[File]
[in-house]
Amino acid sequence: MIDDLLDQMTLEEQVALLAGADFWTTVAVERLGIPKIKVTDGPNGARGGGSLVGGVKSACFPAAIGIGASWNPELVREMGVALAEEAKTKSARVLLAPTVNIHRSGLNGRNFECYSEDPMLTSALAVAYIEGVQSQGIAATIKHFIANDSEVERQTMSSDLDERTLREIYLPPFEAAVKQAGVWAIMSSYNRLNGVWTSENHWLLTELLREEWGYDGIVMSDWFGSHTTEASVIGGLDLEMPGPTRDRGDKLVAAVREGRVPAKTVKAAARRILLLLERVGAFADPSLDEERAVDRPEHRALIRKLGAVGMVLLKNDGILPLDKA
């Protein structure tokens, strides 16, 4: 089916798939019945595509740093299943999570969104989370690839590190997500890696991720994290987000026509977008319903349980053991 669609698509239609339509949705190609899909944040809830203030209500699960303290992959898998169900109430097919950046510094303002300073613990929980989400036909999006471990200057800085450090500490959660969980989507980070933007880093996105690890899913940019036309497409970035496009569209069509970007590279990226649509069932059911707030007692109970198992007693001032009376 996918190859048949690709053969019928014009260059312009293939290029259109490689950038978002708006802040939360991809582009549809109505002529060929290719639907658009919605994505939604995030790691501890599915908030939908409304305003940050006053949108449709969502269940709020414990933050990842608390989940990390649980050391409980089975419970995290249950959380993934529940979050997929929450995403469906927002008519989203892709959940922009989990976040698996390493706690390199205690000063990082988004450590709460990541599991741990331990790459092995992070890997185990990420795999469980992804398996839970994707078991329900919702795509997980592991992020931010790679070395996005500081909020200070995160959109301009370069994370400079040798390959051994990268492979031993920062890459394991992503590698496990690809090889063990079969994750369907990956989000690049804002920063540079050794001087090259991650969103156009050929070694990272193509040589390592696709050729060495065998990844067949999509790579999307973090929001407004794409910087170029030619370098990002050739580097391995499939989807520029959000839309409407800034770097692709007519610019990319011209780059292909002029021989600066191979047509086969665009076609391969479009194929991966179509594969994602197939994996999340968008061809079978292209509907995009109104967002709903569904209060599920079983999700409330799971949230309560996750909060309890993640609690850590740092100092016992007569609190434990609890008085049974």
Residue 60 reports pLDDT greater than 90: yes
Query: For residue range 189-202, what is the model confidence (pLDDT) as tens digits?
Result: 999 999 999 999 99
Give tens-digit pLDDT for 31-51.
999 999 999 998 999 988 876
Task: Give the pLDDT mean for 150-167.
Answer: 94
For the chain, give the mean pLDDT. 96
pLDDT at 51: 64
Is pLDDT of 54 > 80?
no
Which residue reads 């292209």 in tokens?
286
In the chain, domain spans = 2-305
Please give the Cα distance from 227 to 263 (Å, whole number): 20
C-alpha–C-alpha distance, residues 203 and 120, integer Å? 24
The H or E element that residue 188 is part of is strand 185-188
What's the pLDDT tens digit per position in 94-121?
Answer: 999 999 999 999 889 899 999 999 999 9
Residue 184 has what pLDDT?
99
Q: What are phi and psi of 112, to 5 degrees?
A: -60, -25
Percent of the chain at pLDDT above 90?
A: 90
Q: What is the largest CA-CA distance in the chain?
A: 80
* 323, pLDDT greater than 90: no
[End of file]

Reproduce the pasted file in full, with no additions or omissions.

[in-house]
Amino acid sequence: MIDDLLDQMTLEEQVALLAGADFWTTVAVERLGIPKIKVTDGPNGARGGGSLVGGVKSACFPAAIGIGASWNPELVREMGVALAEEAKTKSARVLLAPTVNIHRSGLNGRNFECYSEDPMLTSALAVAYIEGVQSQGIAATIKHFIANDSEVERQTMSSDLDERTLREIYLPPFEAAVKQAGVWAIMSSYNRLNGVWTSENHWLLTELLREEWGYDGIVMSDWFGSHTTEASVIGGLDLEMPGPTRDRGDKLVAAVREGRVPAKTVKAAARRILLLLERVGAFADPSLDEERAVDRPEHRALIRKLGAVGMVLLKNDGILPLDKA
């Protein structure tokens, strides 16, 4: 089916798939019945595509740093299943999570969104989370690839590190997500890696991720994290987000026509977008319903349980053991 669609698509239609339509949705190609899909944040809830203030209500699960303290992959898998169900109430097919950046510094303002300073613990929980989400036909999006471990200057800085450090500490959660969980989507980070933007880093996105690890899913940019036309497409970035496009569209069509970007590279990226649509069932059911707030007692109970198992007693001032009376 996918190859048949690709053969019928014009260059312009293939290029259109490689950038978002708006802040939360991809582009549809109505002529060929290719639907658009919605994505939604995030790691501890599915908030939908409304305003940050006053949108449709969502269940709020414990933050990842608390989940990390649980050391409980089975419970995290249950959380993934529940979050997929929450995403469906927002008519989203892709959940922009989990976040698996390493706690390199205690000063990082988004450590709460990541599991741990331990790459092995992070890997185990990420795999469980992804398996839970994707078991329900919702795509997980592991992020931010790679070395996005500081909020200070995160959109301009370069994370400079040798390959051994990268492979031993920062890459394991992503590698496990690809090889063990079969994750369907990956989000690049804002920063540079050794001087090259991650969103156009050929070694990272193509040589390592696709050729060495065998990844067949999509790579999307973090929001407004794409910087170029030619370098990002050739580097391995499939989807520029959000839309409407800034770097692709007519610019990319011209780059292909002029021989600066191979047509086969665009076609391969479009194929991966179509594969994602197939994996999340968008061809079978292209509907995009109104967002709903569904209060599920079983999700409330799971949230309560996750909060309890993640609690850590740092100092016992007569609190434990609890008085049974």
Residue 60 reports pLDDT greater than 90: yes
Query: For residue range 189-202, what is the model confidence (pLDDT) as tens digits?
Result: 999 999 999 999 99
Give tens-digit pLDDT for 31-51.
999 999 999 998 999 988 876
Task: Give the pLDDT mean for 150-167.
Answer: 94
For the chain, give the mean pLDDT. 96
pLDDT at 51: 64
Is pLDDT of 54 > 80?
no
Which residue reads 């292209």 in tokens?
286
In the chain, domain spans = 2-305
Please give the Cα distance from 227 to 263 (Å, whole number): 20
C-alpha–C-alpha distance, residues 203 and 120, integer Å? 24
The H or E element that residue 188 is part of is strand 185-188
What's the pLDDT tens digit per position in 94-121?
Answer: 999 999 999 999 889 899 999 999 999 9
Residue 184 has what pLDDT?
99
Q: What are phi and psi of 112, to 5 degrees?
A: -60, -25
Percent of the chain at pLDDT above 90?
A: 90
Q: What is the largest CA-CA distance in the chain?
A: 80
* 323, pLDDT greater than 90: no